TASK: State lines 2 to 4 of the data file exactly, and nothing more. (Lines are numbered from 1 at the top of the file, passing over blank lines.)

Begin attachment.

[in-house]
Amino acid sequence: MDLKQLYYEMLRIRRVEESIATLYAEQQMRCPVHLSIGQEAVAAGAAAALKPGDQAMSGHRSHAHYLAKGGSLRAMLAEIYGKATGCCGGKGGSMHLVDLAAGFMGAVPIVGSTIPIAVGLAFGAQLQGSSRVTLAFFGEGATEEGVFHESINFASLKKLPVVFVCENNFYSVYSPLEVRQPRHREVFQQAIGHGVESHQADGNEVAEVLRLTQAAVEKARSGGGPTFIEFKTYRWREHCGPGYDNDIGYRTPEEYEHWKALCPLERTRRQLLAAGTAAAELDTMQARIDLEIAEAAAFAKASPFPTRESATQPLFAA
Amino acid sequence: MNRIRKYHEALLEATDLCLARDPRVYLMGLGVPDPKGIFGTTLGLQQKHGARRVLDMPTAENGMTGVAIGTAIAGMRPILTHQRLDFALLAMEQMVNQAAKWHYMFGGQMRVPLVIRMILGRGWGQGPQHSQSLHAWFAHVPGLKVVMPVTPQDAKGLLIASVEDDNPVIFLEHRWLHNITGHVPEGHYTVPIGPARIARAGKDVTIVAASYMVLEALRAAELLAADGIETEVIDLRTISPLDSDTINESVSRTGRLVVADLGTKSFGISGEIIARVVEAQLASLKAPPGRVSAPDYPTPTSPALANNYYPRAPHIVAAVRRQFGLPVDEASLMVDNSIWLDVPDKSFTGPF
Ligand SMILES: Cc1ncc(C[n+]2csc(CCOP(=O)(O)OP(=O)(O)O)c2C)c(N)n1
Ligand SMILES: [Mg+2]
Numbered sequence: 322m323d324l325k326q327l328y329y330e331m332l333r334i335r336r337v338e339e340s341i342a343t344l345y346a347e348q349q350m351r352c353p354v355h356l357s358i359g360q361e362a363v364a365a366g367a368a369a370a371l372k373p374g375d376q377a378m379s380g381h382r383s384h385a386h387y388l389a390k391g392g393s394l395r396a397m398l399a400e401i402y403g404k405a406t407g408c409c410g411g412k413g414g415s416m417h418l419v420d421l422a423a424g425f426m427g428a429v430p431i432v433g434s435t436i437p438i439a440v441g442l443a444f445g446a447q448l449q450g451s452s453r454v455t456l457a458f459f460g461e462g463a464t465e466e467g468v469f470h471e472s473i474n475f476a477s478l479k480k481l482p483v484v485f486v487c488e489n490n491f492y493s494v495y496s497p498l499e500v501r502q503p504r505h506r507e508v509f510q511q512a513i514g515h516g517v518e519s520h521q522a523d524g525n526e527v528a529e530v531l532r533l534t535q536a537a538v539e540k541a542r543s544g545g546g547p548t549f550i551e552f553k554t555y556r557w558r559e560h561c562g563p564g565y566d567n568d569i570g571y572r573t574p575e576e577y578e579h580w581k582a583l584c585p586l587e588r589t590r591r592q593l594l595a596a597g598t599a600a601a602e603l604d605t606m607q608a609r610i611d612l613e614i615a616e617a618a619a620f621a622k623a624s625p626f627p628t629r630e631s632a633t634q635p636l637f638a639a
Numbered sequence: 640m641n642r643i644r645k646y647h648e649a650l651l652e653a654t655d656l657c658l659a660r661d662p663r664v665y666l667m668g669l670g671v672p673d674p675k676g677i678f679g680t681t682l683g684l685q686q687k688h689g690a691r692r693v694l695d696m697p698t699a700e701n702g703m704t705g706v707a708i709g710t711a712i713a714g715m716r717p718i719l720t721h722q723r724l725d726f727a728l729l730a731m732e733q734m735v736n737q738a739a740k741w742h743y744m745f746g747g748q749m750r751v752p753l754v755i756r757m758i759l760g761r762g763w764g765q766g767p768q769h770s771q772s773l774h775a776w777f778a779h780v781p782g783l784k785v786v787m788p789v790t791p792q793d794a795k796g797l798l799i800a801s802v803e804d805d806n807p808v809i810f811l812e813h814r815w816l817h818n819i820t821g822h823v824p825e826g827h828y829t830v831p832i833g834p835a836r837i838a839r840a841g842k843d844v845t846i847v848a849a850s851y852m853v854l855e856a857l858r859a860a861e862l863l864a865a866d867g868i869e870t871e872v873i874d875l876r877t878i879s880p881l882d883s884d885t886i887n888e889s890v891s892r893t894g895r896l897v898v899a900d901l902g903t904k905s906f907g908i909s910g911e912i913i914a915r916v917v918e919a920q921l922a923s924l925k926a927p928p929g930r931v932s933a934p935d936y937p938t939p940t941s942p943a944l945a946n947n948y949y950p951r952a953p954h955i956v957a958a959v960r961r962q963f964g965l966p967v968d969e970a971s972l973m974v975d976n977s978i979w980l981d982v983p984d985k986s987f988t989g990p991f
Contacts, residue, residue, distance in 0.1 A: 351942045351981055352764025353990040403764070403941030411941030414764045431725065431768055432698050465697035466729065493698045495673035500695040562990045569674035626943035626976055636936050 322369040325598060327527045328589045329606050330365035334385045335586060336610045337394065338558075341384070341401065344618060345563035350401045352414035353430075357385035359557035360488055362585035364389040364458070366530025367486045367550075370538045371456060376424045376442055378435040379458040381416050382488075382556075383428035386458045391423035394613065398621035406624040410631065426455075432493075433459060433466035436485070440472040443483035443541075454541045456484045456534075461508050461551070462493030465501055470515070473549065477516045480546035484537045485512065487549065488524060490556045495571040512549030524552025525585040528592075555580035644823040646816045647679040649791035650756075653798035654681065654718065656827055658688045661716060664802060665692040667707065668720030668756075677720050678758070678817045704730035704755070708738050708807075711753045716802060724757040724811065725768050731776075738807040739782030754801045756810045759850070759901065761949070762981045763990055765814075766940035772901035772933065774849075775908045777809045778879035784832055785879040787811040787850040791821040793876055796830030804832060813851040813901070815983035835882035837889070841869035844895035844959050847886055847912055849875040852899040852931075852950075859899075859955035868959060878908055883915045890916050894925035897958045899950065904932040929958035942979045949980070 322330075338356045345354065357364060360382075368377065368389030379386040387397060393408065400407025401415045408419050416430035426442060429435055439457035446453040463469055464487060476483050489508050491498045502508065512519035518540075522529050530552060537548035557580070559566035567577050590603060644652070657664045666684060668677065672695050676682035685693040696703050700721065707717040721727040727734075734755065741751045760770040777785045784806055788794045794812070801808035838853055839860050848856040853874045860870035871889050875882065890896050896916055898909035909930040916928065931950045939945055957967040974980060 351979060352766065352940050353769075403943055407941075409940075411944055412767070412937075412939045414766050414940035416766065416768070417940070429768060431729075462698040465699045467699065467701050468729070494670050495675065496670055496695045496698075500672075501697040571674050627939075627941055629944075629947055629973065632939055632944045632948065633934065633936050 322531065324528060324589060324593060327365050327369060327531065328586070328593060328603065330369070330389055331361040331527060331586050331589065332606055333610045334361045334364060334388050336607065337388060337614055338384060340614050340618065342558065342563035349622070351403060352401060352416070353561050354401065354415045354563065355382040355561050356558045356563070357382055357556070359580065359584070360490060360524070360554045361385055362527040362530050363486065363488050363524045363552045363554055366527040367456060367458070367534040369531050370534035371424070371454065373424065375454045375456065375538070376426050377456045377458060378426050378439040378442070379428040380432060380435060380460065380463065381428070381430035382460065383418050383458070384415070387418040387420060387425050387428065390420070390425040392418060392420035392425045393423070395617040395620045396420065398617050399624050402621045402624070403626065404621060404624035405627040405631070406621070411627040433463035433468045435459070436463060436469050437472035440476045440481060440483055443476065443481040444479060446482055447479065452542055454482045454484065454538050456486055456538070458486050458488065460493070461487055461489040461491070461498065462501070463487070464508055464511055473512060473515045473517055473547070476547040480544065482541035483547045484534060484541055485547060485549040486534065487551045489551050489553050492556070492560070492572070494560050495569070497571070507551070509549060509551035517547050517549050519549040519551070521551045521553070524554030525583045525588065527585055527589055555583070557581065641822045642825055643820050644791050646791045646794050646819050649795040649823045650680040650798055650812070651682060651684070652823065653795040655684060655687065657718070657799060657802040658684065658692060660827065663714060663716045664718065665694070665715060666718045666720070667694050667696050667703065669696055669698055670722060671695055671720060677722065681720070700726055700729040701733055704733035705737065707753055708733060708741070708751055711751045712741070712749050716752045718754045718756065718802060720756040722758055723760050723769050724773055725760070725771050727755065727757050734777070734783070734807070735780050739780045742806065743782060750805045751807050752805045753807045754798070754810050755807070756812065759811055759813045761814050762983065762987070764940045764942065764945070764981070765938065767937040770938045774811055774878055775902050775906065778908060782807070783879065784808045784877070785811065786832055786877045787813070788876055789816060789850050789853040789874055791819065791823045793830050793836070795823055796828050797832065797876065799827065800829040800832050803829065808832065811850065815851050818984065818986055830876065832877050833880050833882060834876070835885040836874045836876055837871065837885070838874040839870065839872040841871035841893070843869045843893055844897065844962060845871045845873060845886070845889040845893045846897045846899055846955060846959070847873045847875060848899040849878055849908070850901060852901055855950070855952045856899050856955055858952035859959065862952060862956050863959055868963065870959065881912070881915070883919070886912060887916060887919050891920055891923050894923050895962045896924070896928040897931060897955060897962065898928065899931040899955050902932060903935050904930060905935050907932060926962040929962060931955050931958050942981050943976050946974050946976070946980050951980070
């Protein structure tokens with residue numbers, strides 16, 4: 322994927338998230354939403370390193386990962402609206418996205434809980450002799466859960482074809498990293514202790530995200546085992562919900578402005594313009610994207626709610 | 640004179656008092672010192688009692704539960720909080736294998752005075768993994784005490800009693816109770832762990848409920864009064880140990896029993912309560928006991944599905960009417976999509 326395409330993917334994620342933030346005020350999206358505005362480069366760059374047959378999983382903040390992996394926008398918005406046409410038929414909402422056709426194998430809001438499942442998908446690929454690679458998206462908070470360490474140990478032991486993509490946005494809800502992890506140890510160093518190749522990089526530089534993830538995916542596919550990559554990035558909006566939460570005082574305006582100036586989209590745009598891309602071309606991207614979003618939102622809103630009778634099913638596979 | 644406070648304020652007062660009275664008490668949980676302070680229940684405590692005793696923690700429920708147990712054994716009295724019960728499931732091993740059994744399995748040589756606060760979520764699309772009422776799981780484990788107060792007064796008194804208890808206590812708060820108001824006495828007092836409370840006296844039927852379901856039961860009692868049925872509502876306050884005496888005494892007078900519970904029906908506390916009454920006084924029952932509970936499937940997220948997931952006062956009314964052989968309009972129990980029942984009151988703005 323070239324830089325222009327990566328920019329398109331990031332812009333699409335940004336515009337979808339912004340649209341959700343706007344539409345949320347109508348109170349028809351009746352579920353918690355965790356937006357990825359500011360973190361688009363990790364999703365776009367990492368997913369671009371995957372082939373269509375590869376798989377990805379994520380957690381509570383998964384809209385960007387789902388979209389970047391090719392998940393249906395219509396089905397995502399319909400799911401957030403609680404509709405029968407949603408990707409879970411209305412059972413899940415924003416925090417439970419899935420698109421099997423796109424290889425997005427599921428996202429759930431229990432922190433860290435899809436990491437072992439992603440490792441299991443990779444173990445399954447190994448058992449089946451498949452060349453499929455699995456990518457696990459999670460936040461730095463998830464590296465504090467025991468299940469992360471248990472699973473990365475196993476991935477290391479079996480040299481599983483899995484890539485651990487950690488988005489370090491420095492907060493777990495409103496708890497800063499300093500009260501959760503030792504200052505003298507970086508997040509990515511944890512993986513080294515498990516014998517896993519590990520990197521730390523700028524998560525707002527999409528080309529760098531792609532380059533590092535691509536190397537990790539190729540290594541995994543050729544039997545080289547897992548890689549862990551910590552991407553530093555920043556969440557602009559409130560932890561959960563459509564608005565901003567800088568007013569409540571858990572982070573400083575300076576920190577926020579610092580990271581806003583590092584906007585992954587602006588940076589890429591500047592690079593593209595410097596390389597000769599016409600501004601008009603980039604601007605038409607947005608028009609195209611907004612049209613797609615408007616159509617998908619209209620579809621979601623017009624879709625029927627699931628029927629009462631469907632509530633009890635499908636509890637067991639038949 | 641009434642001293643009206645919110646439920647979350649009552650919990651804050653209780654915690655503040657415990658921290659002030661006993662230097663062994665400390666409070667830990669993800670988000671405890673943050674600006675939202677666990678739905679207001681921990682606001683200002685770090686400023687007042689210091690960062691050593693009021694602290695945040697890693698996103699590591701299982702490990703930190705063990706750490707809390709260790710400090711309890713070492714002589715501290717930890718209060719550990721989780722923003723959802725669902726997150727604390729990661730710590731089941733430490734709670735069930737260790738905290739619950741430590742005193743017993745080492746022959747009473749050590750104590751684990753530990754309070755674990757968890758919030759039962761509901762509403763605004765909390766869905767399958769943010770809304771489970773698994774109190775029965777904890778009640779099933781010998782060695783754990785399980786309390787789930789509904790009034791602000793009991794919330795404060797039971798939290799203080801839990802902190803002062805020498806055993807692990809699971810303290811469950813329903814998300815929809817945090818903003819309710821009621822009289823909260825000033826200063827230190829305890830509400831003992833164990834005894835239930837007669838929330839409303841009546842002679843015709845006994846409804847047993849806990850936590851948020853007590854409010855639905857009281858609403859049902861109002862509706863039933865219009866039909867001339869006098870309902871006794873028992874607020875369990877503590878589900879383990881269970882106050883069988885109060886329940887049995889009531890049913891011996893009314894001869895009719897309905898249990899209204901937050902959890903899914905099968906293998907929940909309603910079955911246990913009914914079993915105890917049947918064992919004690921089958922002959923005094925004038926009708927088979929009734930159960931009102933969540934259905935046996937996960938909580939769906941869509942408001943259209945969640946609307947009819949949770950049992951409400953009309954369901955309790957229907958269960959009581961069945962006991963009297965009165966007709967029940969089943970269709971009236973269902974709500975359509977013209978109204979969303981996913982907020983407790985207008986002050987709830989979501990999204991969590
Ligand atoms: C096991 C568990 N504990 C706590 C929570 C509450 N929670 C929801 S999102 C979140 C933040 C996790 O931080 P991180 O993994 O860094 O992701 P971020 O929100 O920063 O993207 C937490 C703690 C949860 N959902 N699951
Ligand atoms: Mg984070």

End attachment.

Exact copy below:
Amino acid sequence: MDLKQLYYEMLRIRRVEESIATLYAEQQMRCPVHLSIGQEAVAAGAAAALKPGDQAMSGHRSHAHYLAKGGSLRAMLAEIYGKATGCCGGKGGSMHLVDLAAGFMGAVPIVGSTIPIAVGLAFGAQLQGSSRVTLAFFGEGATEEGVFHESINFASLKKLPVVFVCENNFYSVYSPLEVRQPRHREVFQQAIGHGVESHQADGNEVAEVLRLTQAAVEKARSGGGPTFIEFKTYRWREHCGPGYDNDIGYRTPEEYEHWKALCPLERTRRQLLAAGTAAAELDTMQARIDLEIAEAAAFAKASPFPTRESATQPLFAA
Amino acid sequence: MNRIRKYHEALLEATDLCLARDPRVYLMGLGVPDPKGIFGTTLGLQQKHGARRVLDMPTAENGMTGVAIGTAIAGMRPILTHQRLDFALLAMEQMVNQAAKWHYMFGGQMRVPLVIRMILGRGWGQGPQHSQSLHAWFAHVPGLKVVMPVTPQDAKGLLIASVEDDNPVIFLEHRWLHNITGHVPEGHYTVPIGPARIARAGKDVTIVAASYMVLEALRAAELLAADGIETEVIDLRTISPLDSDTINESVSRTGRLVVADLGTKSFGISGEIIARVVEAQLASLKAPPGRVSAPDYPTPTSPALANNYYPRAPHIVAAVRRQFGLPVDEASLMVDNSIWLDVPDKSFTGPF
Ligand SMILES: Cc1ncc(C[n+]2csc(CCOP(=O)(O)OP(=O)(O)O)c2C)c(N)n1